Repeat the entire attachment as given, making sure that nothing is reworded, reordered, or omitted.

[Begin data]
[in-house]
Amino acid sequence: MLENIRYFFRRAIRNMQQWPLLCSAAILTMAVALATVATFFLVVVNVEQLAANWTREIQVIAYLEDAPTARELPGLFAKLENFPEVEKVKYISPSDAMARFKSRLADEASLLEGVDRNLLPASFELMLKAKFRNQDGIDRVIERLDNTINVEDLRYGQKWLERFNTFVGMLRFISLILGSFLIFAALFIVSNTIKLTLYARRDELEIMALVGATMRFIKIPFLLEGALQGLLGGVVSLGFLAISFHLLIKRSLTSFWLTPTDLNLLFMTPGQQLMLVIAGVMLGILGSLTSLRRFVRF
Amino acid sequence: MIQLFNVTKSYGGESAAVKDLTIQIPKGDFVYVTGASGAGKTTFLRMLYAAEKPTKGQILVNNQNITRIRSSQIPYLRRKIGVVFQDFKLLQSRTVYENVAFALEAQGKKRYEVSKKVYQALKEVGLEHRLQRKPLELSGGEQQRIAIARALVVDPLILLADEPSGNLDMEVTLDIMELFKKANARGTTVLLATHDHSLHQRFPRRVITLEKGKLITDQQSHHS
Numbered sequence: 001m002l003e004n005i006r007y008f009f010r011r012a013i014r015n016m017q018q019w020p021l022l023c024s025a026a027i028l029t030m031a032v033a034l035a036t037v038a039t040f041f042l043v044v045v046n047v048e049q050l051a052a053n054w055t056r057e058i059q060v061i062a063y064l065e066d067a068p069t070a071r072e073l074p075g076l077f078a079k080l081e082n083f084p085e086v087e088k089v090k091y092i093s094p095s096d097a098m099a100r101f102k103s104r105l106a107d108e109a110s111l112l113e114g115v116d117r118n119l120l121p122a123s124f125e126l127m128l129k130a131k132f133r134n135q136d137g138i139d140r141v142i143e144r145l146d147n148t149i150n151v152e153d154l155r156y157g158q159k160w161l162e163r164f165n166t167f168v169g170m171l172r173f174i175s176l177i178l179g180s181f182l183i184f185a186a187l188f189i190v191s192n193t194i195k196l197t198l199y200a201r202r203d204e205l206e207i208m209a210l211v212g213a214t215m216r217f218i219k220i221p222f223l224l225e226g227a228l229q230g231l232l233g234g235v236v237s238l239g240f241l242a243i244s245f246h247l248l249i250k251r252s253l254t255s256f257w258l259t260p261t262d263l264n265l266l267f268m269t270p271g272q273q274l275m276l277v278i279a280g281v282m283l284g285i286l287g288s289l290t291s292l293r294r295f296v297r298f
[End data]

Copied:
[in-house]
Amino acid sequence: MLENIRYFFRRAIRNMQQWPLLCSAAILTMAVALATVATFFLVVVNVEQLAANWTREIQVIAYLEDAPTARELPGLFAKLENFPEVEKVKYISPSDAMARFKSRLADEASLLEGVDRNLLPASFELMLKAKFRNQDGIDRVIERLDNTINVEDLRYGQKWLERFNTFVGMLRFISLILGSFLIFAALFIVSNTIKLTLYARRDELEIMALVGATMRFIKIPFLLEGALQGLLGGVVSLGFLAISFHLLIKRSLTSFWLTPTDLNLLFMTPGQQLMLVIAGVMLGILGSLTSLRRFVRF
Amino acid sequence: MIQLFNVTKSYGGESAAVKDLTIQIPKGDFVYVTGASGAGKTTFLRMLYAAEKPTKGQILVNNQNITRIRSSQIPYLRRKIGVVFQDFKLLQSRTVYENVAFALEAQGKKRYEVSKKVYQALKEVGLEHRLQRKPLELSGGEQQRIAIARALVVDPLILLADEPSGNLDMEVTLDIMELFKKANARGTTVLLATHDHSLHQRFPRRVITLEKGKLITDQQSHHS
Numbered sequence: 001m002l003e004n005i006r007y008f009f010r011r012a013i014r015n016m017q018q019w020p021l022l023c024s025a026a027i028l029t030m031a032v033a034l035a036t037v038a039t040f041f042l043v044v045v046n047v048e049q050l051a052a053n054w055t056r057e058i059q060v061i062a063y064l065e066d067a068p069t070a071r072e073l074p075g076l077f078a079k080l081e082n083f084p085e086v087e088k089v090k091y092i093s094p095s096d097a098m099a100r101f102k103s104r105l106a107d108e109a110s111l112l113e114g115v116d117r118n119l120l121p122a123s124f125e126l127m128l129k130a131k132f133r134n135q136d137g138i139d140r141v142i143e144r145l146d147n148t149i150n151v152e153d154l155r156y157g158q159k160w161l162e163r164f165n166t167f168v169g170m171l172r173f174i175s176l177i178l179g180s181f182l183i184f185a186a187l188f189i190v191s192n193t194i195k196l197t198l199y200a201r202r203d204e205l206e207i208m209a210l211v212g213a214t215m216r217f218i219k220i221p222f223l224l225e226g227a228l229q230g231l232l233g234g235v236v237s238l239g240f241l242a243i244s245f246h247l248l249i250k251r252s253l254t255s256f257w258l259t260p261t262d263l264n265l266l267f268m269t270p271g272q273q274l275m276l277v278i279a280g281v282m283l284g285i286l287g288s289l290t291s292l293r294r295f296v297r298f